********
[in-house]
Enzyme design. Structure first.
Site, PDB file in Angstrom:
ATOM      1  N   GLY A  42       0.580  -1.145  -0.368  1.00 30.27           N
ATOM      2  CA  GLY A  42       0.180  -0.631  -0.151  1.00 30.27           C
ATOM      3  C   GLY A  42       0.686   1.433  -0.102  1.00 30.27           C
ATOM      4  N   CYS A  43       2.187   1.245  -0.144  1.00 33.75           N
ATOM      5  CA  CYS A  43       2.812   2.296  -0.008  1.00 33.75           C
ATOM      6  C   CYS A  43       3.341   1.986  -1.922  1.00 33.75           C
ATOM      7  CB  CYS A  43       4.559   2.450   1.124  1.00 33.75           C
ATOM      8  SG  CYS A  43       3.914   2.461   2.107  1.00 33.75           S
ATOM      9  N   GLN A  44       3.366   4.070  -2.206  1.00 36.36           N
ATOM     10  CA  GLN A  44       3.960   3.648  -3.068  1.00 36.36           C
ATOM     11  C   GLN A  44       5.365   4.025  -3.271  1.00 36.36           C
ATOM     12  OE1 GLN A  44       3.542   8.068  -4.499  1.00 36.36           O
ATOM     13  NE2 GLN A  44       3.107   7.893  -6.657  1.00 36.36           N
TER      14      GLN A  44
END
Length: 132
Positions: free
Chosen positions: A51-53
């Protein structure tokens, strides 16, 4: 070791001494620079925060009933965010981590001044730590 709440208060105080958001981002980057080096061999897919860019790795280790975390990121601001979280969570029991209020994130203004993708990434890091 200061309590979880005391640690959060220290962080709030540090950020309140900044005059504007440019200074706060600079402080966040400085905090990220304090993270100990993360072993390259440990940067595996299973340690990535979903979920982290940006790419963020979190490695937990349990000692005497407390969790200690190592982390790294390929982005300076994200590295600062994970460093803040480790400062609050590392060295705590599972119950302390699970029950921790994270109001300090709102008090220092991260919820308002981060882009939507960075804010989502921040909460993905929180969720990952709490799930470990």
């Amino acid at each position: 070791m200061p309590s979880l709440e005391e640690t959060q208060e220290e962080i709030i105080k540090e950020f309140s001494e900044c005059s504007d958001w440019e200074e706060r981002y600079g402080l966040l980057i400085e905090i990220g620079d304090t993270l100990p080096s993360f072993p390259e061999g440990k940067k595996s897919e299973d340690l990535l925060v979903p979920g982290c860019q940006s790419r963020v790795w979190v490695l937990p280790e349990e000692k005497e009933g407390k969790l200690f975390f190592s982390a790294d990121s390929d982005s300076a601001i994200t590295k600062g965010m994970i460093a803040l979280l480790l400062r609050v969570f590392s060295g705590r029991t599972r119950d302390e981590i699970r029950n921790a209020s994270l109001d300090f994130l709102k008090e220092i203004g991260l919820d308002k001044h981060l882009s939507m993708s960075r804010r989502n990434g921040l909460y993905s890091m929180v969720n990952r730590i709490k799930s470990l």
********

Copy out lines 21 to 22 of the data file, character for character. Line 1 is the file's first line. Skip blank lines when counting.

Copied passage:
Chosen positions: A51-53
């Protein structure tokens, strides 16, 4: 070791001494620079925060009933965010981590001044730590 709440208060105080958001981002980057080096061999897919860019790795280790975390990121601001979280969570029991209020994130203004993708990434890091 200061309590979880005391640690959060220290962080709030540090950020309140900044005059504007440019200074706060600079402080966040400085905090990220304090993270100990993360072993390259440990940067595996299973340690990535979903979920982290940006790419963020979190490695937990349990000692005497407390969790200690190592982390790294390929982005300076994200590295600062994970460093803040480790400062609050590392060295705590599972119950302390699970029950921790994270109001300090709102008090220092991260919820308002981060882009939507960075804010989502921040909460993905929180969720990952709490799930470990």